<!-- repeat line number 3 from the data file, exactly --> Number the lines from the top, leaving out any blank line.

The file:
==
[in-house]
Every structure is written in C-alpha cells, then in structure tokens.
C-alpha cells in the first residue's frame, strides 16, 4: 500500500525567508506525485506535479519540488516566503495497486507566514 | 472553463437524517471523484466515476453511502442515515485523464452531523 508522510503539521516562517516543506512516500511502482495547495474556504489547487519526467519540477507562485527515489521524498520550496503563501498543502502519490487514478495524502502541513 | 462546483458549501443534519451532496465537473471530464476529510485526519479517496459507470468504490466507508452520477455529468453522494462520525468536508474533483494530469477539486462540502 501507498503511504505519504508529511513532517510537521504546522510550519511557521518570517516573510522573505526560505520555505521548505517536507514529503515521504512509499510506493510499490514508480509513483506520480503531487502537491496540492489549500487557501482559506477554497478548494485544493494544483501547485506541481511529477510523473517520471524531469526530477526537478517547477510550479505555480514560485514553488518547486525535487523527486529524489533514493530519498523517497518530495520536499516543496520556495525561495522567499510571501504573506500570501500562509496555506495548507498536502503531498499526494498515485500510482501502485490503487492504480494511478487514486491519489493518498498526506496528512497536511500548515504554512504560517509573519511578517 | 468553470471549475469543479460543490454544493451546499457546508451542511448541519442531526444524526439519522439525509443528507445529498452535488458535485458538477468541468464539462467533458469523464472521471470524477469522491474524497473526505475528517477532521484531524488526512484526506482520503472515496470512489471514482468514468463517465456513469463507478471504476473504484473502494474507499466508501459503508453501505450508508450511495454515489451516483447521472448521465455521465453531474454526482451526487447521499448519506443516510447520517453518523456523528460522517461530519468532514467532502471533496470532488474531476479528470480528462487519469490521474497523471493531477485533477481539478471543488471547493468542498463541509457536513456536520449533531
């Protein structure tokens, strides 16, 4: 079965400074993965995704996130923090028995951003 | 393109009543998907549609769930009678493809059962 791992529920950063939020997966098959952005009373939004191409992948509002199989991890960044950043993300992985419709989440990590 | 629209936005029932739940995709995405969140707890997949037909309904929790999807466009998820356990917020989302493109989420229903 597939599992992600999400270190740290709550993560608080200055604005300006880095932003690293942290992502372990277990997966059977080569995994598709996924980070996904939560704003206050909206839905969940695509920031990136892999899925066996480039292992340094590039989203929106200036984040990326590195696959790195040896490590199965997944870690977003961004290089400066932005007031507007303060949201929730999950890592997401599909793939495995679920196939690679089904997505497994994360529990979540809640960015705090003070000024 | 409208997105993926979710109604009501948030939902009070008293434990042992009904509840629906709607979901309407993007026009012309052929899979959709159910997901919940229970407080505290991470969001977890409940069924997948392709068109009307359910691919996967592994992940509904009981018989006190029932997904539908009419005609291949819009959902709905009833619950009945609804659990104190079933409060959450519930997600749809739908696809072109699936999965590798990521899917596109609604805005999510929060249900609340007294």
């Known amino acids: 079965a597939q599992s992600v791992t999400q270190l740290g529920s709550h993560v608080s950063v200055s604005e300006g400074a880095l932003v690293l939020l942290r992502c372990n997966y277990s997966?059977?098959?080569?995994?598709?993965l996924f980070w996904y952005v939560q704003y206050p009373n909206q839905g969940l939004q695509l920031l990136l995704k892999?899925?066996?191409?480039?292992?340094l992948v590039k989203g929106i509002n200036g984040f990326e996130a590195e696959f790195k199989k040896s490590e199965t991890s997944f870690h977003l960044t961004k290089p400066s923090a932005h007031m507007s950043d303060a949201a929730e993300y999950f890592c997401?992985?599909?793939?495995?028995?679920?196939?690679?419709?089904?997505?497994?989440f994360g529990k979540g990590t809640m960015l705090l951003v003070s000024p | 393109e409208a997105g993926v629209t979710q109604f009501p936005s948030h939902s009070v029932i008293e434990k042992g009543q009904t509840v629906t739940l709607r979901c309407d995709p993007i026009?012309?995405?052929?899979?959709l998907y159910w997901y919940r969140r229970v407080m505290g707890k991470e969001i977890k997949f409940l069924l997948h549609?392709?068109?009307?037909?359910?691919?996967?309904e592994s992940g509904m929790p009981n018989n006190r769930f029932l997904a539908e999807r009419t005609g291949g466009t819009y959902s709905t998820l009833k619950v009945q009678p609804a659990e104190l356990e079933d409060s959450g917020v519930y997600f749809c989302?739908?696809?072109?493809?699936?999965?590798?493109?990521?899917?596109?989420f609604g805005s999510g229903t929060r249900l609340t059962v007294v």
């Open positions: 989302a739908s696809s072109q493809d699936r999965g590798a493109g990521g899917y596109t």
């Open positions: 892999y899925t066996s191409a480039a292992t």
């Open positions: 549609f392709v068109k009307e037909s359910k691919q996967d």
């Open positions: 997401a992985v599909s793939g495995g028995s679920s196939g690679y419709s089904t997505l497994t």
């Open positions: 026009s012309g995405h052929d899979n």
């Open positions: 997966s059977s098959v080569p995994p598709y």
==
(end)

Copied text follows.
C-alpha cells in the first residue's frame, strides 16, 4: 500500500525567508506525485506535479519540488516566503495497486507566514 | 472553463437524517471523484466515476453511502442515515485523464452531523 508522510503539521516562517516543506512516500511502482495547495474556504489547487519526467519540477507562485527515489521524498520550496503563501498543502502519490487514478495524502502541513 | 462546483458549501443534519451532496465537473471530464476529510485526519479517496459507470468504490466507508452520477455529468453522494462520525468536508474533483494530469477539486462540502 501507498503511504505519504508529511513532517510537521504546522510550519511557521518570517516573510522573505526560505520555505521548505517536507514529503515521504512509499510506493510499490514508480509513483506520480503531487502537491496540492489549500487557501482559506477554497478548494485544493494544483501547485506541481511529477510523473517520471524531469526530477526537478517547477510550479505555480514560485514553488518547486525535487523527486529524489533514493530519498523517497518530495520536499516543496520556495525561495522567499510571501504573506500570501500562509496555506495548507498536502503531498499526494498515485500510482501502485490503487492504480494511478487514486491519489493518498498526506496528512497536511500548515504554512504560517509573519511578517 | 468553470471549475469543479460543490454544493451546499457546508451542511448541519442531526444524526439519522439525509443528507445529498452535488458535485458538477468541468464539462467533458469523464472521471470524477469522491474524497473526505475528517477532521484531524488526512484526506482520503472515496470512489471514482468514468463517465456513469463507478471504476473504484473502494474507499466508501459503508453501505450508508450511495454515489451516483447521472448521465455521465453531474454526482451526487447521499448519506443516510447520517453518523456523528460522517461530519468532514467532502471533496470532488474531476479528470480528462487519469490521474497523471493531477485533477481539478471543488471547493468542498463541509457536513456536520449533531